It’s a lot of work.
But there’s an easier way: Tomoson.com.
Tomoson is like a dating service that connects bloggers looking for free stuff with site owners looking for exposure and links.
Here’s how it works:
1. Create a “Promotion”. A promotion simply describes the product that you’re giving away:
2. Next, set criteria for blogs that are allowed to participate in your promotion. You can filter by Alexa rank, Twitter followers, PageRank and monthly visitors:
3. After you post your promotion, bloggers will start to apply for it. That way, you can see if the blog is a good fit before sending them anything.
Finally, send them your product and get your links!
19. Use Expert Roundups to Generate Links and Social Shares on Autopilot
You may have seen Expert Roundups — blog posts that collect insights from a group of experts — blowing up around the web.
And why not?
Expert roundups are one of the few pieces of content that have built-in promotion.
Think about it:
The experts that you feature in your roundup will naturally want to share your content with their audience.
Which means that — if you get influential people to contribute — you’ll get boatloads of traffic and social shares minutes after you hit “publish”.
Best of all, Expert Roundups work in ANY niche…even boring ones.
Here’s an example:
I recently found this Expert Roundup in the real estate space. It covers thrilling topics like interest rates, mortgages, and buying furniture:
Those topics are too boring to generate any links or social shares, right?
To date, this expert roundup has earned over 600 Facebook Likes and 300 Google+ shares.
Not to mention links from authority sites in the finance space, like Wise Bread (DA75):
Here’s how you can do the same thing:
Step #1: Collect the top blogs and websites in your niche (you can find them using SEO Technique #14 from this post: “Use Best of Lists to Find Awesome Link Targets”).
Collect their name, blog, social media and contact information in a spreadsheet:
Step # 2: Come up with a topic in your niche that a group experts could shed some light on.
Topics that your target audience struggles with is ideal.
For example, in the automotive space there’s a lot of confusion about how to find the right car.
Thousands of variables — from price to safety to resale value — go into buying a new car. That’s a topic where a group of experts could add a ton of value.
Step #3: Email the experts on your list.
Remember that the experts you reach out to are probably busy.
So make sure that you make it EXTREMELY easy for them to respond.
Here’s an email template that would work well in our car Expert Roundup example:
Step #4: Publish the roundup and email your contributors to let them know that it’s live:
And watch the social shares and links roll in
20. Find Niche-Specific Link Building Opportunities Using Flippa
There’s no doubt about it:
Google is putting more and more weight on the niche-relevancy of the links pointing to your site.
But where can you find link building opportunities that are specific to your niche?
Flippa is like eBay for websites.
And it’s one of the best places on the web to find untapped link building opportunities.
Because people that sell their site on Flippa give away every detail about how they built their site.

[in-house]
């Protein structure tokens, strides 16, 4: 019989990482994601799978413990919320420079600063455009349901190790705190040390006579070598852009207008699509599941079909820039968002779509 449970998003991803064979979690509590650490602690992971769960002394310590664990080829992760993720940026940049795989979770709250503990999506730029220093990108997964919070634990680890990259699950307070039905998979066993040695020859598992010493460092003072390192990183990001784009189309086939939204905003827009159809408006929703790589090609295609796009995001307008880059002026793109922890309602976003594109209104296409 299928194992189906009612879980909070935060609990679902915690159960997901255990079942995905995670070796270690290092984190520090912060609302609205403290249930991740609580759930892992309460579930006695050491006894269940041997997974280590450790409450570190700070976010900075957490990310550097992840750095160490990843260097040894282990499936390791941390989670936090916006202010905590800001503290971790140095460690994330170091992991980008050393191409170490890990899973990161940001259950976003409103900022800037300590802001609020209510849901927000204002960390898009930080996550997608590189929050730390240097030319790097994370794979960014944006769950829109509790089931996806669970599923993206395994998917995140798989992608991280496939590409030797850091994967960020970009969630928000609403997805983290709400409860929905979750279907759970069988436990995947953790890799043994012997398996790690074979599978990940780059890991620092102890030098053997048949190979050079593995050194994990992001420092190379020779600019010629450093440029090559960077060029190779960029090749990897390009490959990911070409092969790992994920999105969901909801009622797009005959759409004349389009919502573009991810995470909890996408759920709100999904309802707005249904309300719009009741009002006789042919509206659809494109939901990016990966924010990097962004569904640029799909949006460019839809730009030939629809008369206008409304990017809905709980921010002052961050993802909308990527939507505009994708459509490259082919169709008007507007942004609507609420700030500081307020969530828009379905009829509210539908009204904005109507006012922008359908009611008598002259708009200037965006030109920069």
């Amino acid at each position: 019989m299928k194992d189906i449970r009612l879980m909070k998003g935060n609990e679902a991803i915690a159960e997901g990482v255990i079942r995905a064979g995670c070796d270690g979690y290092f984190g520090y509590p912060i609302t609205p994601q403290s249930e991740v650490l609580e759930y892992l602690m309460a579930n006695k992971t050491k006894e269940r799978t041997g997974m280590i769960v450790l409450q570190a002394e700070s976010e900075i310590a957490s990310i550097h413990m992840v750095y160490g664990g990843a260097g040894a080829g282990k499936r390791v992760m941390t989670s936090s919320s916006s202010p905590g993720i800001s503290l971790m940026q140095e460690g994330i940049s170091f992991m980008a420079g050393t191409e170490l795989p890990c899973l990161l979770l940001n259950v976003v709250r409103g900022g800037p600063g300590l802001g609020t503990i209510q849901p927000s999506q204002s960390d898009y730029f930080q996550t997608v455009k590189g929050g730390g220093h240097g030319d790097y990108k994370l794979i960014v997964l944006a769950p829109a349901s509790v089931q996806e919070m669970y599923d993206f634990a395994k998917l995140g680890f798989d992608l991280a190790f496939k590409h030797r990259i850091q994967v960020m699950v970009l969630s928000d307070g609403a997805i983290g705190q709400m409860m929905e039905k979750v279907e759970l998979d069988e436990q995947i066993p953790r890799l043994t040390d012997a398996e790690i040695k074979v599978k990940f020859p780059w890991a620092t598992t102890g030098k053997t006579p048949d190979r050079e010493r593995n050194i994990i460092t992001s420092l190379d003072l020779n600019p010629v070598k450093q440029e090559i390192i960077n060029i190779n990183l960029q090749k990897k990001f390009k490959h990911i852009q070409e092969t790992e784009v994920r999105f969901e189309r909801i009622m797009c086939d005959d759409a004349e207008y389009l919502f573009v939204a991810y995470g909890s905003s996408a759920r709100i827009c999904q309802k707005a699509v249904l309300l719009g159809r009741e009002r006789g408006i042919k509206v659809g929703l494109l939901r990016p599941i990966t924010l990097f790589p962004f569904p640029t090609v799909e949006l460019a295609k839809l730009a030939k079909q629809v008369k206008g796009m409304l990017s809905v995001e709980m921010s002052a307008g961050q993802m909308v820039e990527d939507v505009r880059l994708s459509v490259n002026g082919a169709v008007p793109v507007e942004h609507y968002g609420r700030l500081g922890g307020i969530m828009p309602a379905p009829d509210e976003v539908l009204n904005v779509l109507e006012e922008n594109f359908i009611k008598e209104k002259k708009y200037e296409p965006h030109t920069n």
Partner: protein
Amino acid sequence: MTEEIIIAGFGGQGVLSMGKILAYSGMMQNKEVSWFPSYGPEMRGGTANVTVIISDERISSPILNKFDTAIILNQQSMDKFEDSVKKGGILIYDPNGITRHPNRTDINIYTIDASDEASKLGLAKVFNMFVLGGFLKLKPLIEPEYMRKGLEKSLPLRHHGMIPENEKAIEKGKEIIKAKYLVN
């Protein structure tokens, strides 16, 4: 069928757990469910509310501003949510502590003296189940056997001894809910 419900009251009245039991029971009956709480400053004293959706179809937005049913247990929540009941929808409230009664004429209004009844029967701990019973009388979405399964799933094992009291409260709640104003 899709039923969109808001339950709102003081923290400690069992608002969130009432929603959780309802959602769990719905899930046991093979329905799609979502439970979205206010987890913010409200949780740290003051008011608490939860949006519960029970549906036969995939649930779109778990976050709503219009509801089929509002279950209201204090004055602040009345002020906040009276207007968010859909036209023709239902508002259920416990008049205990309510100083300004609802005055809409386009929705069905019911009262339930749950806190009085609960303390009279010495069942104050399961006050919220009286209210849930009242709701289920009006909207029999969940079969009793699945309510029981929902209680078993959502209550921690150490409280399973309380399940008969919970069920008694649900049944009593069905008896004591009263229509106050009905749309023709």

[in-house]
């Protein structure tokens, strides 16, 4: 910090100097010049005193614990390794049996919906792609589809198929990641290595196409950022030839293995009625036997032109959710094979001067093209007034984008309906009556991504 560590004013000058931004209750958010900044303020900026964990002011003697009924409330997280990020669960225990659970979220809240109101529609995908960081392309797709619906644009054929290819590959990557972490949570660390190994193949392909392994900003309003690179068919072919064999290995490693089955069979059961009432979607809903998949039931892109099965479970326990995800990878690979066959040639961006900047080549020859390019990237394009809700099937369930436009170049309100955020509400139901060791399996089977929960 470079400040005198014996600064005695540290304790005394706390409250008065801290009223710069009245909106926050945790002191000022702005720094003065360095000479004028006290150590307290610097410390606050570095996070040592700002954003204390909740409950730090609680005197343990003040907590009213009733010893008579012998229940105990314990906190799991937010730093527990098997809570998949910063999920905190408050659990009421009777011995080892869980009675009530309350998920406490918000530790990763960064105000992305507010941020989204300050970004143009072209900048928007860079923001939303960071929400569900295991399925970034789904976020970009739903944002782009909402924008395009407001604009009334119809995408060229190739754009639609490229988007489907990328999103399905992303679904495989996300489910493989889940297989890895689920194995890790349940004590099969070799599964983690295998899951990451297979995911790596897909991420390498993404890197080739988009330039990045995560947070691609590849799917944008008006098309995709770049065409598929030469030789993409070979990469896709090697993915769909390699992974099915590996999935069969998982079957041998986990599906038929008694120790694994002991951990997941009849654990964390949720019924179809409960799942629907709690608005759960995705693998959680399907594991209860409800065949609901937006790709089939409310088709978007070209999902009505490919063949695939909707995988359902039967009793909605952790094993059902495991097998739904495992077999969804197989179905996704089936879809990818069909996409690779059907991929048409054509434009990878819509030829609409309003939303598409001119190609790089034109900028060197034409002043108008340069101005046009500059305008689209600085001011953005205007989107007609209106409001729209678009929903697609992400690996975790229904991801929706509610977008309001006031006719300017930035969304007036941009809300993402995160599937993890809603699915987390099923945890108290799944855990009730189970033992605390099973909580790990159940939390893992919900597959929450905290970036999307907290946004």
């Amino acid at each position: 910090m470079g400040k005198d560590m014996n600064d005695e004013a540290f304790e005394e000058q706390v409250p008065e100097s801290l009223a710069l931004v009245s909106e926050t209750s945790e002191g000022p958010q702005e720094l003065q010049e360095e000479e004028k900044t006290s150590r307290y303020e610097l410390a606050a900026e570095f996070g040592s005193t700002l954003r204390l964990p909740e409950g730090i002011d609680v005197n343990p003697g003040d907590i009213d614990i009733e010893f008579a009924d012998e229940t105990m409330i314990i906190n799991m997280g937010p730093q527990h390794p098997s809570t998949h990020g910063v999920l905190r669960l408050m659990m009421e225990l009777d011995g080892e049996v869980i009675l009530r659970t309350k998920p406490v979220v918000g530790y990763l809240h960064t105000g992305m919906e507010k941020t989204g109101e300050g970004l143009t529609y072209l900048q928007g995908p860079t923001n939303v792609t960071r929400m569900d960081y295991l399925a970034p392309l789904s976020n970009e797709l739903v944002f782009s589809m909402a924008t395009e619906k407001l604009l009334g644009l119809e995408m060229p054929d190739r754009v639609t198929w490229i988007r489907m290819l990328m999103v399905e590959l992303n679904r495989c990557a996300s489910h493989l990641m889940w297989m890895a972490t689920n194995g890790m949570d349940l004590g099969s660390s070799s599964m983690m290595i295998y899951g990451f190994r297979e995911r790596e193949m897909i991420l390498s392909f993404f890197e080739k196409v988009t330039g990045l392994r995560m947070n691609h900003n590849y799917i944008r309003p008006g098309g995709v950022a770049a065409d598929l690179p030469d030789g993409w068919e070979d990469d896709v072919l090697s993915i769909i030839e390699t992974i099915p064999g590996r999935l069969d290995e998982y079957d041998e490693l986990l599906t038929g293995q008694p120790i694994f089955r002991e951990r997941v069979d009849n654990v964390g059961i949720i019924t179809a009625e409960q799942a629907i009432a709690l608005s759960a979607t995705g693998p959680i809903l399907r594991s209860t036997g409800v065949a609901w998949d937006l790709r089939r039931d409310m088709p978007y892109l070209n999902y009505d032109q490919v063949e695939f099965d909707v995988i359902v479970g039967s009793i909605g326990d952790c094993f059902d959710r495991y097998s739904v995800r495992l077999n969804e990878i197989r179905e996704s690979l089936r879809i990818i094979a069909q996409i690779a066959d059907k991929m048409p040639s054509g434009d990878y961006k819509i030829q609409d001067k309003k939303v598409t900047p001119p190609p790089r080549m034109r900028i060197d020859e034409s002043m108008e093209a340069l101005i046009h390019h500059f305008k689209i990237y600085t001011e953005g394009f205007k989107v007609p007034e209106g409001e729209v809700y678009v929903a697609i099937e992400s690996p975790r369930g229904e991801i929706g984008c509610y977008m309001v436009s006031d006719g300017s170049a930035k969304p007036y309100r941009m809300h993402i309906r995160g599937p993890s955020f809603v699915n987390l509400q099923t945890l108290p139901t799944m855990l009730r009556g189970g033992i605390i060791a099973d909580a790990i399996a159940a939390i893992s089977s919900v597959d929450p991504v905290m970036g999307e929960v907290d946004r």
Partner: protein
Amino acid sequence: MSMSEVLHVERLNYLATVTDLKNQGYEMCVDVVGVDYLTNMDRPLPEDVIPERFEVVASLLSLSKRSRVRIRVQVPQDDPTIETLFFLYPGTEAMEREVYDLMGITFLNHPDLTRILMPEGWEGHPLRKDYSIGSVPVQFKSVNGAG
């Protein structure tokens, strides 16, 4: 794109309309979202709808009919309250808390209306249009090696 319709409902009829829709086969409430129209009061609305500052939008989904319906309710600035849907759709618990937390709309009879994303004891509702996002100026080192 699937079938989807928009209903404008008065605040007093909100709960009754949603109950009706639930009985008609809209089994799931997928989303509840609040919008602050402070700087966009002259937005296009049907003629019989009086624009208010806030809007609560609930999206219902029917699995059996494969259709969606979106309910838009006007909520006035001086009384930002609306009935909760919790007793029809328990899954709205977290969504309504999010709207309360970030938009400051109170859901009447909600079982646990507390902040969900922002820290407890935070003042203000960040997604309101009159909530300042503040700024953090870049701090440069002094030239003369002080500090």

That means they’ll often show you their keywords, content strategy, (and of course) link sources.
It’s like a downloadable business plan.
Here’s how to do it:
Head over to Flippa and click on All Listings–>Categories:
Flippa shows broad categories on top of closely-related smaller niches:
Find the broad category that fits best with your niche (I’m going to use travel in this example):
Look for sites for sale with a PageRank of at least 2. Here’s one:
The owner of this site actually gives a list of places where he landed editorial links:
Not only does he show you where he got his links from…but HOW he was able to get them:
(Most Flippa sellers are just as forthcoming)
Now you know that they acquired those quality links using PR.
That means you have a list of journalists that are open to covering sites in the travel space.
Can you say jackpot?
21. Use Facebook Ads for Keyword Research
Facebook Ads are an absolute treasure trove of AWESOME keywords.
Think about it: Facebook collects interest and demographic information from over one billion people.
And you can use this information to find keywords that your target audience tends to use in Google search.
It gets better:
Facebook will show you this data for free when you create an ad campaign with them.
Here’s how to use Facebook Ads for keyword research:
Let’s say that you sell iPhone cases on your website.
Head over to Facebook Ads and click on “Create and Ad”:
Then, choose Page Likes –> Continue
Scroll down to the “interests” section of the next page:
Next, enter a keyword in the “Precise Interests” field.
Facebook will actually suggest keyword ideas for you, similar to Google Suggest:
Choose a Topic or Precise Interest from the list of suggestions.
Facebook will show you a list of “Suggested Likes and Interests”:
These make fantastic seed keywords to enter into the Google Keyword Planner.
Here’s The Next Step…
Now I have a quick question for you:
Did you get some value from the 21 SEO strategies in this post?
If so, leave a comment and let me know.